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Mol Biol Evol. 2002 May;19(5):654-63.

Evolution of the phosphoglycerate mutase processed gene in human and chimpanzee revealing the origin of a new primate gene.

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  • 1Department of Ecology and Evolution, The University of Chicago, 1101 East 57th Street, Chicago, IL 60637, USA.

Abstract

Processed genes are created by retroposition from messenger RNA of expressed genes. The estimated amount of processed copies of genes in the human genome is 10,000-14,000. Some of these might be pseudogenes with the expected pattern for nonfunctional sequences, but some others might be an important source of new genes. We have studied the evolution of a Phosphoglycerate mutase processed gene (PGAM3) described in humans and believed to be a pseudogene. We sequenced PGAM3 in chimpanzee and macaque and obtained polymorphism data for human coding region. We found evidence that PGAM3 likely produces a functional protein, as an example of addressing functionality for human processed pseudogenes. First, the open reading frame was intact despite many deletions that occurred in the 3' untranslated region. Second, it appears that the gene is expressed. Finally, interspecies and intraspecies variation for PGAM3 was not consistent with the neutral model proposed for pseudogenes, suggesting that a new functional primate gene has originated. Amino acid divergence was significantly higher than synonymous divergence in PGAM3 lineage, supporting positive selection acting in this gene. This role of selection was further supported by the excess of rare alleles in a population genetic analysis. PGAM3 is located in a region of very low recombination; therefore, it is conceivable that the rapid fixation events in this newly arising gene may have contributed to a selective sweep of variation in the region.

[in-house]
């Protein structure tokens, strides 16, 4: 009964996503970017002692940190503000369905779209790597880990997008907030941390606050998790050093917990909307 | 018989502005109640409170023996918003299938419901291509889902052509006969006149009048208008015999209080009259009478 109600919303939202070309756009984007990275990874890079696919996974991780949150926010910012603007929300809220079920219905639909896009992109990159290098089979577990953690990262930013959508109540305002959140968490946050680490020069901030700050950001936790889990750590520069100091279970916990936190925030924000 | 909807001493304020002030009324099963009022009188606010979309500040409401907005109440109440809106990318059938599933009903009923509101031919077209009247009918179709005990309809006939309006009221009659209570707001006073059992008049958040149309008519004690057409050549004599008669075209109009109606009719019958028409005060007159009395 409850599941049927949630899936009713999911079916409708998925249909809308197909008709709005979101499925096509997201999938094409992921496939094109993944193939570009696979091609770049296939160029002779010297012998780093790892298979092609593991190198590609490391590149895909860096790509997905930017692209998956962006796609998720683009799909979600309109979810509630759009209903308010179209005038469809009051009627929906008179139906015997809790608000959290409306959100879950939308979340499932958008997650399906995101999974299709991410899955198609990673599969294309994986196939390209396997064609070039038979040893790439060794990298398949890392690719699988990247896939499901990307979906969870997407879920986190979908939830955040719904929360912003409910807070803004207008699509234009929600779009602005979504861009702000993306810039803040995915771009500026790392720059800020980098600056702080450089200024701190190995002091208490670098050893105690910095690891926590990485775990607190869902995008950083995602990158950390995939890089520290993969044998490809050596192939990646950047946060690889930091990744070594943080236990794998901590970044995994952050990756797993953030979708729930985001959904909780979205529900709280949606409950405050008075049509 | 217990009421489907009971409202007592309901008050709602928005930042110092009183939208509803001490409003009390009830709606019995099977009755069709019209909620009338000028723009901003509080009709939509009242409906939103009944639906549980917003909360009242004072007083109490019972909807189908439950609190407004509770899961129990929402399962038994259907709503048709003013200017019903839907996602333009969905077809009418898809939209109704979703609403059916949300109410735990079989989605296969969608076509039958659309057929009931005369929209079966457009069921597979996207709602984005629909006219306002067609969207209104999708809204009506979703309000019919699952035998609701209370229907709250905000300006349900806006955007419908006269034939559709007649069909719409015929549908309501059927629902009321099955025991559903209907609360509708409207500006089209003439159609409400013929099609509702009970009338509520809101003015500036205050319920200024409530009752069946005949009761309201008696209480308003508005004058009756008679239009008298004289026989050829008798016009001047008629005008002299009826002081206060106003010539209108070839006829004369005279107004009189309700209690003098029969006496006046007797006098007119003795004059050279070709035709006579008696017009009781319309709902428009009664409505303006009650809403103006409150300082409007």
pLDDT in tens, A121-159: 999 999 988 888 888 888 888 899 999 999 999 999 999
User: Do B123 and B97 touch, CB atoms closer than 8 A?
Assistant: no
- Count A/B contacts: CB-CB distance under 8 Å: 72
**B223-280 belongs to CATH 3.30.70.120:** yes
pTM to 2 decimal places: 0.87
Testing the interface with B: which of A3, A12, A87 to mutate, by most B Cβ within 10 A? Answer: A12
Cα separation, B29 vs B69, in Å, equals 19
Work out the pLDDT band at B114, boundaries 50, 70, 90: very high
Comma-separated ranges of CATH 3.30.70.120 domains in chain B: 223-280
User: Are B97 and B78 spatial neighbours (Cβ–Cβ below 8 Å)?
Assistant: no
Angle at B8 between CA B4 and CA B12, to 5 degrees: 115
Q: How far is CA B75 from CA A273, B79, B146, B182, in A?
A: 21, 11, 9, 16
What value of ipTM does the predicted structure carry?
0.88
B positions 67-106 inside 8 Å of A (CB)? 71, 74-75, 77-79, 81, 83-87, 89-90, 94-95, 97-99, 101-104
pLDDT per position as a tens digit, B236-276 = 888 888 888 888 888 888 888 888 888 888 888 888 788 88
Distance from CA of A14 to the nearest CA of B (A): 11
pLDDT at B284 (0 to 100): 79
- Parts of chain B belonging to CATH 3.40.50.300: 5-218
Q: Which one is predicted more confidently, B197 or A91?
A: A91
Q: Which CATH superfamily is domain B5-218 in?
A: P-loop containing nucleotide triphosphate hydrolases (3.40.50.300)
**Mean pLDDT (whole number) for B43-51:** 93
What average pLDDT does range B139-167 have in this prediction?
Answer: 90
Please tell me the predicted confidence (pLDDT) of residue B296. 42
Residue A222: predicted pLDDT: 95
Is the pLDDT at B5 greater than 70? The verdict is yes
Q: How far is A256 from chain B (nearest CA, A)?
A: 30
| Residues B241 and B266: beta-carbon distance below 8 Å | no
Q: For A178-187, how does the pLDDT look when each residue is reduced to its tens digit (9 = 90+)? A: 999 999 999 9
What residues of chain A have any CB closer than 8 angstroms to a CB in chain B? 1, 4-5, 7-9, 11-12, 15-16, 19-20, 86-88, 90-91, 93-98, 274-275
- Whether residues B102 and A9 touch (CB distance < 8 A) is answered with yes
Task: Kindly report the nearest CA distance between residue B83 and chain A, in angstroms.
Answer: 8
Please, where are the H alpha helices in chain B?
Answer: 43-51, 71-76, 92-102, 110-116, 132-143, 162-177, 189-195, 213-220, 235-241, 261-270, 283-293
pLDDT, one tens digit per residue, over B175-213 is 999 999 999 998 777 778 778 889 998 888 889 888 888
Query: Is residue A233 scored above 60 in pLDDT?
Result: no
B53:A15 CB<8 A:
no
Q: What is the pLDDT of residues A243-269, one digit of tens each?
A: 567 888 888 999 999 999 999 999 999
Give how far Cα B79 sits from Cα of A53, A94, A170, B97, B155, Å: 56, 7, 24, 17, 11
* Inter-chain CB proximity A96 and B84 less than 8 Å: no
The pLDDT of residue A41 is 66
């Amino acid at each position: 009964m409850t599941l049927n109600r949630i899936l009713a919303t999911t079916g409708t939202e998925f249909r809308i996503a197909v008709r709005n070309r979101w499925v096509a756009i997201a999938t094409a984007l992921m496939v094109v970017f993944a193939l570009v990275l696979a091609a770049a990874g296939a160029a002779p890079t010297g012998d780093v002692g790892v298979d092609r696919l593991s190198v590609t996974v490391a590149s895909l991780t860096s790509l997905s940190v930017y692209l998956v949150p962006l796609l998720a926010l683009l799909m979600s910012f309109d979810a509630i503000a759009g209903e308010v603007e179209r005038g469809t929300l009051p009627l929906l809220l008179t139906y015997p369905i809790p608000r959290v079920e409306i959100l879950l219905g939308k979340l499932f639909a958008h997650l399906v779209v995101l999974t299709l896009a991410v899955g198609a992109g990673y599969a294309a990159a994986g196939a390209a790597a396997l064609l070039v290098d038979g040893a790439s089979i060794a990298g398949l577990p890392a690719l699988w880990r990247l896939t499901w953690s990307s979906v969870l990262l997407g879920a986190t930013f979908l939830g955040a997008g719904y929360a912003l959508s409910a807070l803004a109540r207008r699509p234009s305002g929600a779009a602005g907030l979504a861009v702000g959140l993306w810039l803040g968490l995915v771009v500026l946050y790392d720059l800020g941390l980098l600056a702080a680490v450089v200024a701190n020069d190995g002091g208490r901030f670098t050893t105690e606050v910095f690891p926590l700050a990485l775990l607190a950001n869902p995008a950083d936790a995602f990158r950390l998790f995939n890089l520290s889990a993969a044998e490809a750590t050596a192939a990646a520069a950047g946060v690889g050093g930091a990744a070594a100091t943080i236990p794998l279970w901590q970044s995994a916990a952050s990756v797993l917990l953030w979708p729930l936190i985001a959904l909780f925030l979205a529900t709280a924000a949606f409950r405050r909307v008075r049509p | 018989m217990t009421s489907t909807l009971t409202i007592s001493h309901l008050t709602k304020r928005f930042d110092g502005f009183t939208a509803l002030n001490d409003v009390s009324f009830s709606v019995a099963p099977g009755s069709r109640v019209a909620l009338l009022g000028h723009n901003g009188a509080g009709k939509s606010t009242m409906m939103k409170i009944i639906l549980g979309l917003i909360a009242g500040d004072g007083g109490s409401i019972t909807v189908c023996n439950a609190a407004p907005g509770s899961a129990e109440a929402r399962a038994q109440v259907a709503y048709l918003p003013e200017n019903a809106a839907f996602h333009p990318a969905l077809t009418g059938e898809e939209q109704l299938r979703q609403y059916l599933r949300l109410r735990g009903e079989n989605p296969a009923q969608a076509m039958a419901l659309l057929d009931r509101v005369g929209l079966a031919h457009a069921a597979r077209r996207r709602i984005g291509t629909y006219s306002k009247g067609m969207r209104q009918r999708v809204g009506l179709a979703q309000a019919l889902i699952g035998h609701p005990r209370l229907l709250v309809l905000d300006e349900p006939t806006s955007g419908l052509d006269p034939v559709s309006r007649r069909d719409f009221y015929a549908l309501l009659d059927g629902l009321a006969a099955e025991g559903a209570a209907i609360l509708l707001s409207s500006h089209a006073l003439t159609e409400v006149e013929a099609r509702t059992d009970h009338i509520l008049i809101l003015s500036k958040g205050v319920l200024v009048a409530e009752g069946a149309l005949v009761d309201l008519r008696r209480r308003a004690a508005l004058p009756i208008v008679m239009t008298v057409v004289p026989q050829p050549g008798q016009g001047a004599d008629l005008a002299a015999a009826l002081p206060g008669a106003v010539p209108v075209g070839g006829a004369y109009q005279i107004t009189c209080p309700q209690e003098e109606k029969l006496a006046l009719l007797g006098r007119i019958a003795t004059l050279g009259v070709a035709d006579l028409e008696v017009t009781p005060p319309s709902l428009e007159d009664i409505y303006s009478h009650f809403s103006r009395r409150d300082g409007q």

PMID:
11961099
[PubMed - indexed for MEDLINE]
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